Next-gen prostate cancer Dx faces skepticism, competition

Myriad Genetics ($MYGN) and Genomic Health lead the bill of companies introducing new prostate cancer diagnostics that promise to change the standard of care, but as the market crowds, payers may balk at the cost while physicians struggle to decide which test is best.

As The New York Times reports, molecular diagnostics companies are targeting prostate cancer, which is right now largely diagnosed through blood tests for a single protein, an inefficient method.

But while molecular diagnostic options from the likes of Hologic ($HOLX) and MDxHealth have data to back up their efficacy, convincing payers to shell out for a test that may not dissuade men from getting treatment no matter the result is another issue.

The new tests go for upwards of $3,000, the Times reports, and many patients elect to undergo prostate cancer treatment even when molecular diagnostic assays say their risk is low. With that in mind, Medicare contractor Noridian declined to reimburse for Myriad's Prolaris, which costs $3,400 a pop, the newspaper notes.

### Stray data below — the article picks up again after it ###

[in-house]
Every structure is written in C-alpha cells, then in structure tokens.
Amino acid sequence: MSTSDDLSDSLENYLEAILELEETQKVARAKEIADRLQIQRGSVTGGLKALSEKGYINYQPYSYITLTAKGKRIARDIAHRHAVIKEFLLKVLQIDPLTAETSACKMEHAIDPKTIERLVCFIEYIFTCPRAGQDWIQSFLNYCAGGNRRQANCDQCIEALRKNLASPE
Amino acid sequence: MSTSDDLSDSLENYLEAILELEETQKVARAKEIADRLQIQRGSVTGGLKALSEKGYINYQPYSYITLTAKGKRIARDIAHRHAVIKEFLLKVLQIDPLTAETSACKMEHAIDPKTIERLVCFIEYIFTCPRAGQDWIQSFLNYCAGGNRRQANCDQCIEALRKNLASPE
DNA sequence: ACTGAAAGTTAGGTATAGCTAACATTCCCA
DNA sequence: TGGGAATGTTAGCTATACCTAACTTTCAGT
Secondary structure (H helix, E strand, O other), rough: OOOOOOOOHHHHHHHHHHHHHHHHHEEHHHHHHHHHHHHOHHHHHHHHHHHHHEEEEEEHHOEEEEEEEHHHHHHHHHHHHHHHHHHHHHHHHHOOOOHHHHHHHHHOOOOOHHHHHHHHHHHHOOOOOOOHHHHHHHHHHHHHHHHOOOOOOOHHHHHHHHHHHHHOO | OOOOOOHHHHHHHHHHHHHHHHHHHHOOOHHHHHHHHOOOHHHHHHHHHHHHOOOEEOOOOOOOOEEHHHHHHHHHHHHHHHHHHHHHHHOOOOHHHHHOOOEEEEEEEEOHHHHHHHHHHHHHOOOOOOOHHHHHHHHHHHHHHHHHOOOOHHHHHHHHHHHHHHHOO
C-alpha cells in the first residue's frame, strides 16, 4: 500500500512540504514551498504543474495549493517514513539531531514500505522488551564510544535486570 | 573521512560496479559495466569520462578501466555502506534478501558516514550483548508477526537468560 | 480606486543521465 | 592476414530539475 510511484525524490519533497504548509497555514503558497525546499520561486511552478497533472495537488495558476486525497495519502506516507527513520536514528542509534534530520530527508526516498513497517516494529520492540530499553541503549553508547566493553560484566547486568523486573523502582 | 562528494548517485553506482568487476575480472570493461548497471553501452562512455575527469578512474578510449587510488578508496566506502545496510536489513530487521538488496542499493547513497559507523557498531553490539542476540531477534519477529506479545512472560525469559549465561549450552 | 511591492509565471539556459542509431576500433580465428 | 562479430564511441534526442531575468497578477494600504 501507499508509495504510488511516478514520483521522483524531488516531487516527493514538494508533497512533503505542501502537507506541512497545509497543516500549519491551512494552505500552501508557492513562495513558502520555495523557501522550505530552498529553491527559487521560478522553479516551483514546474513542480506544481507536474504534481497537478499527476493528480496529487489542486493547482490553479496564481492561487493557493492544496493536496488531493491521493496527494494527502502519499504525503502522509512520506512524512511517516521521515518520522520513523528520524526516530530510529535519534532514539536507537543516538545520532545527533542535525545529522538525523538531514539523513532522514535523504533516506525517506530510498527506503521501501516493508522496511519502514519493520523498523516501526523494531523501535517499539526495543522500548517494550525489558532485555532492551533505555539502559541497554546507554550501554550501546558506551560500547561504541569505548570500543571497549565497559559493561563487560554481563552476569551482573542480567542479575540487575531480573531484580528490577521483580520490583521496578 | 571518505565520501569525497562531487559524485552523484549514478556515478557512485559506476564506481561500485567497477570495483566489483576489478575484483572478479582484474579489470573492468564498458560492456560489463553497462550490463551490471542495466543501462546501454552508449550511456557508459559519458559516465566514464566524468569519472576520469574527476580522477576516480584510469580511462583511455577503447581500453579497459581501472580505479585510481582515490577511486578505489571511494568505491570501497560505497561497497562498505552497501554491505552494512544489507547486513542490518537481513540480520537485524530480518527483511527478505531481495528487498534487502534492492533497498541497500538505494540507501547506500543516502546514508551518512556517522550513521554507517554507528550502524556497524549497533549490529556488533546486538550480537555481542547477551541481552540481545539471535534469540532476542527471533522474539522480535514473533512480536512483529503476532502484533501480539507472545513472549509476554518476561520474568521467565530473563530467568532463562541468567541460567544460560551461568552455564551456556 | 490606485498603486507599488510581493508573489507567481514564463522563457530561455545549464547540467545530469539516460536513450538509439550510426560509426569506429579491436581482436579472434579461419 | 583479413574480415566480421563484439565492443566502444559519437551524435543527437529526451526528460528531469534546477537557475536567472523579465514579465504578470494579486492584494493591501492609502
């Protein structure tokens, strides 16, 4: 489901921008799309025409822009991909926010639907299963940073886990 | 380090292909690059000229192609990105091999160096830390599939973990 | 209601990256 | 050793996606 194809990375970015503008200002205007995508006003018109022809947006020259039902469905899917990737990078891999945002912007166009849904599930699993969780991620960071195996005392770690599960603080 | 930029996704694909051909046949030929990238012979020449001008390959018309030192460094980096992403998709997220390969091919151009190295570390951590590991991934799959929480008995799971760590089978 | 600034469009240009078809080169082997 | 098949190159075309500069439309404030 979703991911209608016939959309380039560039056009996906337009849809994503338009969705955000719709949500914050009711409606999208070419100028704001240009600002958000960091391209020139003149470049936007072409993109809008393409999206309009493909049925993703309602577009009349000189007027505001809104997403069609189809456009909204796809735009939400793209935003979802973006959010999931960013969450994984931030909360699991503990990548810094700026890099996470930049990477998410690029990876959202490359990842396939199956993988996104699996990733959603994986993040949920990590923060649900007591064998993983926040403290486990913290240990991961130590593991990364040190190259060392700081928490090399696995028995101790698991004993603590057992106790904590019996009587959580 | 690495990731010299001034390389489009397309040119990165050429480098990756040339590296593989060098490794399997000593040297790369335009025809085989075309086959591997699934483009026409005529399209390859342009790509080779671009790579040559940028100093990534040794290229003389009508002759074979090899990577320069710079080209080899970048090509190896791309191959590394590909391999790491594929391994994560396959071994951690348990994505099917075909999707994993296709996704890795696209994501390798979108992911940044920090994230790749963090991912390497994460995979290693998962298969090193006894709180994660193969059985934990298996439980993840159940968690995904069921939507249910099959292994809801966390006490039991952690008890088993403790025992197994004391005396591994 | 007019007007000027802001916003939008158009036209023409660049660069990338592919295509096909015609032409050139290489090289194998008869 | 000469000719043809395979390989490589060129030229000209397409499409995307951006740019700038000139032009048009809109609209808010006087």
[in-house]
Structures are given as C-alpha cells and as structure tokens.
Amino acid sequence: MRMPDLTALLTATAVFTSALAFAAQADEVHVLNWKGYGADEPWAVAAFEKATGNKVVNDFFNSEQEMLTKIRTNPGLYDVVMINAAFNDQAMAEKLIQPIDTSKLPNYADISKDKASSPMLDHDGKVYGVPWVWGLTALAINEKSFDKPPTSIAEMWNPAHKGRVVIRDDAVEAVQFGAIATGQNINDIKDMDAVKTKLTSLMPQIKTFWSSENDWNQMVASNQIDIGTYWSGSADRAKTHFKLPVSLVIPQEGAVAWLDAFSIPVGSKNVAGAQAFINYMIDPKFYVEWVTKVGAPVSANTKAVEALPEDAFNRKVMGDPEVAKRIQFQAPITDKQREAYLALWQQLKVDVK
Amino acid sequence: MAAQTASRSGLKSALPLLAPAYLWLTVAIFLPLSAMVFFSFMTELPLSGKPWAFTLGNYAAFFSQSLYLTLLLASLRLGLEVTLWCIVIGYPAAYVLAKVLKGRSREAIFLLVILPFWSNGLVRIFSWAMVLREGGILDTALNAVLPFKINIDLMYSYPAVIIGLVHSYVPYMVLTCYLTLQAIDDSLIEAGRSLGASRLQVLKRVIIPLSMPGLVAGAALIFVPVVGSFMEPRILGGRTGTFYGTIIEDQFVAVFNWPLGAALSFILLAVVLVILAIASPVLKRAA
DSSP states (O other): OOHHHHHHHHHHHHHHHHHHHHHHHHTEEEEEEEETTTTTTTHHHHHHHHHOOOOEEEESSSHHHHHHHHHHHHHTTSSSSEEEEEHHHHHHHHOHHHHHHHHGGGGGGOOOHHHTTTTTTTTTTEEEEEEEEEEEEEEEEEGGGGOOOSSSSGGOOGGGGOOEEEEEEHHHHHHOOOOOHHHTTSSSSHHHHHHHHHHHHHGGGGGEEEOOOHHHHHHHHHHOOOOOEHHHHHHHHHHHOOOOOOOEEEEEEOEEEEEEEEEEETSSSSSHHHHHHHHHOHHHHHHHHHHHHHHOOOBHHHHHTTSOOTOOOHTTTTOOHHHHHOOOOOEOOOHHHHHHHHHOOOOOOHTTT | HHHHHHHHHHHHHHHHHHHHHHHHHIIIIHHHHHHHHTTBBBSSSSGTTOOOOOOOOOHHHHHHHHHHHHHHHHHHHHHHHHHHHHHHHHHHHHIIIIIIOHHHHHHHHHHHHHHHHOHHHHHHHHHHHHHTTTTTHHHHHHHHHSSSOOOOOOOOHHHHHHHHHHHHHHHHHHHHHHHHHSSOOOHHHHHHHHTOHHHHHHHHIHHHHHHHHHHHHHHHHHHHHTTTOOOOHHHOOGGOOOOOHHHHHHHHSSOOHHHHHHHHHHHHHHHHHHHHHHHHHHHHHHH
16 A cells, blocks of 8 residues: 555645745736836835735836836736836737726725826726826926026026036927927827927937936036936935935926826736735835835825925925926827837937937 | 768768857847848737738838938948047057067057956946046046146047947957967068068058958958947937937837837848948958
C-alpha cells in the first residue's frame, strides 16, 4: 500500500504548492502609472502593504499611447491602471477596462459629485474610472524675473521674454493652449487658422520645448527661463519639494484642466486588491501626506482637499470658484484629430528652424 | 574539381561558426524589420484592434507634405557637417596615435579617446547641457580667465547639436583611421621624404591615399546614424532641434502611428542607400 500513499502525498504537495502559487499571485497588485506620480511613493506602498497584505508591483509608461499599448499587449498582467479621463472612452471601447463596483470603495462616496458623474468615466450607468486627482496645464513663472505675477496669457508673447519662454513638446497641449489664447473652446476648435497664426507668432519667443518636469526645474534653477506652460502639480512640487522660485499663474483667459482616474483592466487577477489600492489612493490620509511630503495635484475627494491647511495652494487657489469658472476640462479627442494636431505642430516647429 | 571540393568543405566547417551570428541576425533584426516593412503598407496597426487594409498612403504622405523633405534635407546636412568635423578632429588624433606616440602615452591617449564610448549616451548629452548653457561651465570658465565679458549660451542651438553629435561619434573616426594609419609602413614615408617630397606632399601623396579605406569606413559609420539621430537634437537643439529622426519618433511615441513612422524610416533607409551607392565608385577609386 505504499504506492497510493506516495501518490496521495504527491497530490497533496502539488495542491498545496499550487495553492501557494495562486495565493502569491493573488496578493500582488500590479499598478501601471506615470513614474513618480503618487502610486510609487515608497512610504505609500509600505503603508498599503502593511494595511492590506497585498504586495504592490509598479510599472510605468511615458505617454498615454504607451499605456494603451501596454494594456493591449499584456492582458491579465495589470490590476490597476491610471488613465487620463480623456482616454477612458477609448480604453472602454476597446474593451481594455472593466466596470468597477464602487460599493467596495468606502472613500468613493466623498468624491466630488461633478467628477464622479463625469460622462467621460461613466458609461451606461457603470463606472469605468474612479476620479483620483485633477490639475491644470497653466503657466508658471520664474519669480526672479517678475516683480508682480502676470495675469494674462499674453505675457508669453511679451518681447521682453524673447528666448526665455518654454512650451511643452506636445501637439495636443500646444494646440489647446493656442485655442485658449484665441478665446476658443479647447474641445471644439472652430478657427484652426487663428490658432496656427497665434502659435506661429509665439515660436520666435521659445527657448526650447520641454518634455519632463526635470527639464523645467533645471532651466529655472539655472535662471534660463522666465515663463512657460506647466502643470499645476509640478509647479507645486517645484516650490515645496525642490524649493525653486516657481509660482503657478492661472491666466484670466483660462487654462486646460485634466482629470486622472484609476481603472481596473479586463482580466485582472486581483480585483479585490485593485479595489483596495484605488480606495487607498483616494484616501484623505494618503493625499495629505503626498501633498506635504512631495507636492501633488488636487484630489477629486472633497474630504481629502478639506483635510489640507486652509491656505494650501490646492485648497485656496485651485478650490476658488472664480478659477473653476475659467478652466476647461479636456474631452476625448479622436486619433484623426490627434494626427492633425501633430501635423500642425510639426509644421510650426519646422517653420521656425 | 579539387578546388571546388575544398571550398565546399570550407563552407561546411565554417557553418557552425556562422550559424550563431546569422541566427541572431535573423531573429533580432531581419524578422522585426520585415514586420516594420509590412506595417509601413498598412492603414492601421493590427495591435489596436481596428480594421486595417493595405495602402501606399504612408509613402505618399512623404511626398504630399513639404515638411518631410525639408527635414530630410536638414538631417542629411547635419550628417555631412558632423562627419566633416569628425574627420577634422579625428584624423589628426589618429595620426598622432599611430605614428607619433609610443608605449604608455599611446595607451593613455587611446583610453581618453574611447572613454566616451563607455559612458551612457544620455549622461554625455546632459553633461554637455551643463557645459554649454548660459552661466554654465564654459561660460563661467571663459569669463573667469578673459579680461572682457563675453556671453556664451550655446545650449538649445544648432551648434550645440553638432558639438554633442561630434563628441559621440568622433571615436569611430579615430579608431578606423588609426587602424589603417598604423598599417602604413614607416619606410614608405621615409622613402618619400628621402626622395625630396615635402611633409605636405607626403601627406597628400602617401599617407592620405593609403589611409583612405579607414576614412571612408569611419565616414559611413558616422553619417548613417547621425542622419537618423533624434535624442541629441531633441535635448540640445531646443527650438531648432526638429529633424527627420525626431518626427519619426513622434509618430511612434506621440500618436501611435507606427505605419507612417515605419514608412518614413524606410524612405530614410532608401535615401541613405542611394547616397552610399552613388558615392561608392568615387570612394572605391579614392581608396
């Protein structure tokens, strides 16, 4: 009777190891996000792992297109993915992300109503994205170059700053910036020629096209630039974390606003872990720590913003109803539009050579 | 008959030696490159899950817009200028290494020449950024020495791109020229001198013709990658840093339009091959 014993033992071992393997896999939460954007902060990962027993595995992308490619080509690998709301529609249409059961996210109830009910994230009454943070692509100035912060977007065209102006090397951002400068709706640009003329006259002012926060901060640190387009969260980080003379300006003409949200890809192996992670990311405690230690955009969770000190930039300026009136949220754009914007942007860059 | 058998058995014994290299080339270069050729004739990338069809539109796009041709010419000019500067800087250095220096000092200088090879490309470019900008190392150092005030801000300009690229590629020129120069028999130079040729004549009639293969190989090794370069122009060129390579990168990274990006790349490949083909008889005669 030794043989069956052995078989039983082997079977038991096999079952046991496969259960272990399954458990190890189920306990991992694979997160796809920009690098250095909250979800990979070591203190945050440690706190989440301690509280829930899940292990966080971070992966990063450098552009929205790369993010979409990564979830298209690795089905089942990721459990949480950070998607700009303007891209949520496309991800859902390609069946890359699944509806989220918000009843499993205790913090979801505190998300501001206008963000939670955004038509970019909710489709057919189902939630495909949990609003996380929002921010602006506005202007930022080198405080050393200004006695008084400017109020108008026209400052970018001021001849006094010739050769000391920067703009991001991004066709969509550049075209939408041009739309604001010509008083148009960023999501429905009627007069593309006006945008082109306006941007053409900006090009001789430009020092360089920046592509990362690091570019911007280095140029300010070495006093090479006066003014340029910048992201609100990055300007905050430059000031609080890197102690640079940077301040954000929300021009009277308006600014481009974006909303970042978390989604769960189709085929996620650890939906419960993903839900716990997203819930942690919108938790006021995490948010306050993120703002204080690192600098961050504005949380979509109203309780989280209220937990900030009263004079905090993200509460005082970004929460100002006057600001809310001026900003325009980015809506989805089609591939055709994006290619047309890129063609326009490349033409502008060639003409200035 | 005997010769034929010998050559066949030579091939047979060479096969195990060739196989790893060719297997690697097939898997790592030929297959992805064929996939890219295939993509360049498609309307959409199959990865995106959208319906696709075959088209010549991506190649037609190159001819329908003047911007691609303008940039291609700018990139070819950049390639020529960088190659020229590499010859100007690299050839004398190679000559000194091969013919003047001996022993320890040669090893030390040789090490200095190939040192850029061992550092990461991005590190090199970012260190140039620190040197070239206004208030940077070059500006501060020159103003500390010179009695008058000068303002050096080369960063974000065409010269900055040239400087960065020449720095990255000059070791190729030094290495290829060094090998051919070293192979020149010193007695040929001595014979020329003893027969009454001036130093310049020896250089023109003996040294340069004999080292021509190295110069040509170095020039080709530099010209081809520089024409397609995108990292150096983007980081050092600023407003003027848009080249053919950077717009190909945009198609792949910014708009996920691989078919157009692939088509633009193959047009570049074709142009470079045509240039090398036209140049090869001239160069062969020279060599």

But the companies insist that no matter the front-end cost for the tests, disqualifying patients who don't need exceedingly costly cancer treatments will be a net savings for the entire healthcare system, and while molecular diagnostics for prostate cancer are hardly perfect, they boast better results than standard methods, experts say.

"Even if we can only convince 15% to 20% of men that we have enough confidence that they don't need to be treated, that will be a big step forward," the Cleveland Clinic's Eric Klein told the Times.

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